The rice industry faces challenges ahead, but Ag Secretary nominee Sonny Perdue brings a Southern-oriented Farm Bill background.
The Trump candidacy may well have changed campaigning forever. And the Trump Administration is, as promised, turning Washington on its head. I wouldn’t go so far as to say that “the swamp” has actually been drained, but I would say many of the usual power players are not central to the Trump decision-making machine. And prognosticators are at a loss (or just swinging wildly.)
USA Rice, like I think most of agriculture, felt very uneasy during the transition when there was a parade of nominees for every agency and sub-agency except for the Department of Agriculture.
When President Trump finally named former Georgia Gov. Sonny Perdue as his nominee, we breathed a sigh of relief. In him we see someone with a deep understanding of commodity crops, and once confirmed, he will be one of only three U.S. secretaries of agriculture who has worked in agriculture as an adult. That’s an important fact.
Also important is that Perdue has a strong history of supporting trade, especially for agriculture. That’s comforting since much of the rhetoric coming out of the White House has angered important trading partners. But let’s be serious—for rice, they’re all important. Half our annual crop is exported, so few commodities depend on trade like we do.
It will be interesting to see how and if Secretary Perdue can temper the White House. We need him to.
Work cut out for us
We also need him to help focus the president’s attention on the coming Farm Bill. As a wealthy real estate developer who grew up in New York City, I’m guessing the president is not as familiar with ag as he is with some other aspects of our economy.
As a grower said to me last month, “How many farms can you see from the top of Trump Tower?”
The answer is none—even on a clear day.
But the president needs to heed the fact that overwhelmingly rural America just hired him. He won 76 percent of the counties with a Cracker Barrel in them, while only taking 22 percent of the counties with a Whole Foods in them.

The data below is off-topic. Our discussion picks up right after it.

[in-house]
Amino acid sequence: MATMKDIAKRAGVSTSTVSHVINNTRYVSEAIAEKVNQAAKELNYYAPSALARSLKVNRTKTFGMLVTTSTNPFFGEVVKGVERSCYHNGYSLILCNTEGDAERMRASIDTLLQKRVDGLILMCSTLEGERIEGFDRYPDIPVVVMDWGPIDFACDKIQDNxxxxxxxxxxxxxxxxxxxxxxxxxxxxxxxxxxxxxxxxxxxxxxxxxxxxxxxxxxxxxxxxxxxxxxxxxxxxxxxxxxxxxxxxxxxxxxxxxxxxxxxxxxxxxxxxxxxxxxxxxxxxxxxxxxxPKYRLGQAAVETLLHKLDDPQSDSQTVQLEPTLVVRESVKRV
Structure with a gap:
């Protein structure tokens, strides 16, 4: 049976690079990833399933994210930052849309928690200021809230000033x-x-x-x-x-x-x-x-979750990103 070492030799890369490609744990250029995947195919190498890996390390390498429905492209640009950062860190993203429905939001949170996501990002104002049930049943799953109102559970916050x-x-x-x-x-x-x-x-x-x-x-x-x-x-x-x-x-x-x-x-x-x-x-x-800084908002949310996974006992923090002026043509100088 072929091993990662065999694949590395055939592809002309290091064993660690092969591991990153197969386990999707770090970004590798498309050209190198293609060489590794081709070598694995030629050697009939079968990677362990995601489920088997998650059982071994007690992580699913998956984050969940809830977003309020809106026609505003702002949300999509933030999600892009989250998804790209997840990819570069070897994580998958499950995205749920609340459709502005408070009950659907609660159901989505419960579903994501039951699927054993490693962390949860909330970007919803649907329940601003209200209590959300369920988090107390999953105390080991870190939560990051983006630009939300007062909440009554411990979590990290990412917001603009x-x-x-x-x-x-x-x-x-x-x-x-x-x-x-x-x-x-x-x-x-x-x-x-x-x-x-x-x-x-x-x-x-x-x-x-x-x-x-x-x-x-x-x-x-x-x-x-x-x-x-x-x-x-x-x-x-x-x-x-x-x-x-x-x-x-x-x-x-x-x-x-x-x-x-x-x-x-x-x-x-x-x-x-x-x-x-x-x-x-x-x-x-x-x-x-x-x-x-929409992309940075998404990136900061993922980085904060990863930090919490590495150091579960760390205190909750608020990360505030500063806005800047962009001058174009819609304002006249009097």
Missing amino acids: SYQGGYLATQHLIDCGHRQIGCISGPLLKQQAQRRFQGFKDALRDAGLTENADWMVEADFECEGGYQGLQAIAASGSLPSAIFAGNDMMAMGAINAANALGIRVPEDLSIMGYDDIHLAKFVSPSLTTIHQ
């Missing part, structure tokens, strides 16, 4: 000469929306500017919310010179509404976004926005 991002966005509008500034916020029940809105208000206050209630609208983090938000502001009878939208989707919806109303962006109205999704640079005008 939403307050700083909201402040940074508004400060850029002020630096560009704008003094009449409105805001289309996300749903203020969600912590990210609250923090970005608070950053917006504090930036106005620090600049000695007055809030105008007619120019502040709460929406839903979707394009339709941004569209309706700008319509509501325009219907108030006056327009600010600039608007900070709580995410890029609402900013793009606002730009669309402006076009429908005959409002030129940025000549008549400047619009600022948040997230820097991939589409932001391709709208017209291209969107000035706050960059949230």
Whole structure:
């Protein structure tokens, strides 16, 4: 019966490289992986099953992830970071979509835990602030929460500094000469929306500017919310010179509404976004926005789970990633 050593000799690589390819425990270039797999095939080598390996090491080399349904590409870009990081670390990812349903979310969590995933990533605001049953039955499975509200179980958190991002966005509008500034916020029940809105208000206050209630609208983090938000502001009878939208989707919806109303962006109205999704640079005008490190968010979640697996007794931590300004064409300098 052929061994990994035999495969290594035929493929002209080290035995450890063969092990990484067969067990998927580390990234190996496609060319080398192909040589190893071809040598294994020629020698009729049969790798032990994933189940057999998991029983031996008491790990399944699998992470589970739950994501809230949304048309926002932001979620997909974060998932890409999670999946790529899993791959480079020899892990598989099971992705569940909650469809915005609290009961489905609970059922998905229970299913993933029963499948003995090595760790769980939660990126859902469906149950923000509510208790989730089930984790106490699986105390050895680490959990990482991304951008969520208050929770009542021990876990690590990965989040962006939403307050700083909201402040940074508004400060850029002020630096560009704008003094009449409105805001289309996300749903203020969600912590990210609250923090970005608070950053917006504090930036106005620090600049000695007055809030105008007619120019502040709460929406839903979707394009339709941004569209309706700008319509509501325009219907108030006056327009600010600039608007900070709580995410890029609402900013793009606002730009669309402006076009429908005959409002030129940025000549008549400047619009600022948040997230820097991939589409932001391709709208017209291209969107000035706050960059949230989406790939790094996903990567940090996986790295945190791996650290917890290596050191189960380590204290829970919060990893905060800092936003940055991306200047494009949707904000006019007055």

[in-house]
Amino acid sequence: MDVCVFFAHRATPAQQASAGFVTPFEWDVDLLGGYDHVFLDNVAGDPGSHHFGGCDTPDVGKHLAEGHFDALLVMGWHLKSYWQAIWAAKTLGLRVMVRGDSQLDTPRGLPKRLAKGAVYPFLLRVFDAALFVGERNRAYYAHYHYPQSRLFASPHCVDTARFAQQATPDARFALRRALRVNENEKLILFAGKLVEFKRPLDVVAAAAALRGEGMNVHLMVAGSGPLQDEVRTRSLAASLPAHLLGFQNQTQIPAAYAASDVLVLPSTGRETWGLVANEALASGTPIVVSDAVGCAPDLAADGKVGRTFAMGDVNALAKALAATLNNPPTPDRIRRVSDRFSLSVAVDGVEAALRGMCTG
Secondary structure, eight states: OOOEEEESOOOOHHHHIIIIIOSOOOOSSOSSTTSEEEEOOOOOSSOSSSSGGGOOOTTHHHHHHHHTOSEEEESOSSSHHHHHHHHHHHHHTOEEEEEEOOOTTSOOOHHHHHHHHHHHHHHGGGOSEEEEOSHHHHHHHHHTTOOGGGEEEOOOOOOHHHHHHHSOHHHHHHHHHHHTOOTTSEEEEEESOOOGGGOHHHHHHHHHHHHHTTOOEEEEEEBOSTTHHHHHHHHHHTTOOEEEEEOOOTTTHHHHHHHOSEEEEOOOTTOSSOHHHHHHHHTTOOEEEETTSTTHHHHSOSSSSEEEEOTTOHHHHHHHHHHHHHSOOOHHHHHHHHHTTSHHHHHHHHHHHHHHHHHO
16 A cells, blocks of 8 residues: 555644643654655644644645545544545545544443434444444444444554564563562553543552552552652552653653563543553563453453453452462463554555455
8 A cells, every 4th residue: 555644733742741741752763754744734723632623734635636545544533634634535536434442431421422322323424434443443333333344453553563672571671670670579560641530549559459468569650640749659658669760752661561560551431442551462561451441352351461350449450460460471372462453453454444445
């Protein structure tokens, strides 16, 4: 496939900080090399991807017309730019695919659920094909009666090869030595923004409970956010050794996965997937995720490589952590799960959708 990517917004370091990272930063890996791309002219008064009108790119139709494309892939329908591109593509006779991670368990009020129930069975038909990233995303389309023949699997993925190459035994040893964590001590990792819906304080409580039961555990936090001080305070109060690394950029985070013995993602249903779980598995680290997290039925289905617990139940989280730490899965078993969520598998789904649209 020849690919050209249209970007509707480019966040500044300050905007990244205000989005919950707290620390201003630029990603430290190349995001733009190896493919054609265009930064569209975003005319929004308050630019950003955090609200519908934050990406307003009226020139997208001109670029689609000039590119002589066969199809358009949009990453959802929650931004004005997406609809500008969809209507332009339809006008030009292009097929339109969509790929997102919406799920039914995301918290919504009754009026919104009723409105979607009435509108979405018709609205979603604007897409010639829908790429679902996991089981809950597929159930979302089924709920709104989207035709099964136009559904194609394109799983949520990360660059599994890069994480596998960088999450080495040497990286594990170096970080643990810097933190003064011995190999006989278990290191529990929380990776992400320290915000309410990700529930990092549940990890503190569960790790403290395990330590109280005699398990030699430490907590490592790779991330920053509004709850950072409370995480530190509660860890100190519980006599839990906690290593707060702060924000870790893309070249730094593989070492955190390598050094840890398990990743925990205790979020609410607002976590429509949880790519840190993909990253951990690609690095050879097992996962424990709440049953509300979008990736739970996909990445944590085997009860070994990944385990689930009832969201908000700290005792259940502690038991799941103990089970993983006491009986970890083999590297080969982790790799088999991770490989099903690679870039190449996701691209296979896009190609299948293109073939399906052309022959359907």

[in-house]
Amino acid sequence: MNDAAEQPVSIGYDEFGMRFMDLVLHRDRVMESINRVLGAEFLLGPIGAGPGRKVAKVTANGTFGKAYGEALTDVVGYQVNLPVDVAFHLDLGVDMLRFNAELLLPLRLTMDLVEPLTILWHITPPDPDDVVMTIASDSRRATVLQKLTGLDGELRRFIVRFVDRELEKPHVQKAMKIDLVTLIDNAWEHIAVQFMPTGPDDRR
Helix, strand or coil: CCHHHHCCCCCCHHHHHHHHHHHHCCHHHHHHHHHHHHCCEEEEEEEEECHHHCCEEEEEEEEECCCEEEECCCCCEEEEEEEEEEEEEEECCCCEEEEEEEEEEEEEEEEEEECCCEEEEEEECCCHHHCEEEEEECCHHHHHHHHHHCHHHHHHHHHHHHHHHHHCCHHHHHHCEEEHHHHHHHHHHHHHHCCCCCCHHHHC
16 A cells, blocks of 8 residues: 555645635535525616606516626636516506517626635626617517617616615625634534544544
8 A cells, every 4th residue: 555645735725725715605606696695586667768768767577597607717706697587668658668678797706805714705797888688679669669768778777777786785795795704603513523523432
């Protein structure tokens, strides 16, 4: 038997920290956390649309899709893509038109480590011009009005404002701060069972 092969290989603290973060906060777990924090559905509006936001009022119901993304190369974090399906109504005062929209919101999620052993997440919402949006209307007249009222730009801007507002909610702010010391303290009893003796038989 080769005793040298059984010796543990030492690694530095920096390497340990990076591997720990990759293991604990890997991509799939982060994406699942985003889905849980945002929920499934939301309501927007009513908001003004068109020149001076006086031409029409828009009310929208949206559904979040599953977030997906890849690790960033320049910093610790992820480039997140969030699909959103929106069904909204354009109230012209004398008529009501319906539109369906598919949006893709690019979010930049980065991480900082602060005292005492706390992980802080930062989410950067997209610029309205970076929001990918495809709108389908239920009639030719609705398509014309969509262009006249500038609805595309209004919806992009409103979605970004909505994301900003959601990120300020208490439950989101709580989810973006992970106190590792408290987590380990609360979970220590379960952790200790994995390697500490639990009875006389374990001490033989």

We’re going to have our work cut out for us to not only educate the president on the value of ag trade—billions of dollars and millions of rural jobs and economies—but also on the unique challenges we face.
The regulatory and policy framework the president and his ag team establish can either ensure we flourish as a sector, including featuring science-based regulations and support for agriculture research and innovation, or can set us on a course of rising consumer prices and more food imports.
And that comes, frankly, with weaker environmental and sustainability safeguards, because nobody does it like we do.
It’s equally important we have a strong safety net program, and as we all know, what works for many commodities doesn’t work for rice. As a southerner, Perdue knows that, and he also knows the policies put in place for rice in the last Farm Bill work well and need to be kept in place.
With weak prices at home and the possibility of our overseas markets being impacted by trade policies designed more to help manufacturing at the expense of agriculture, we need those sound policies now more than ever.
Agriculture got off to a slow and bumpy start in the Trump Administration, but it’s not too late to smooth things out. The experienced hand and keen vision of Perdue should help us get there.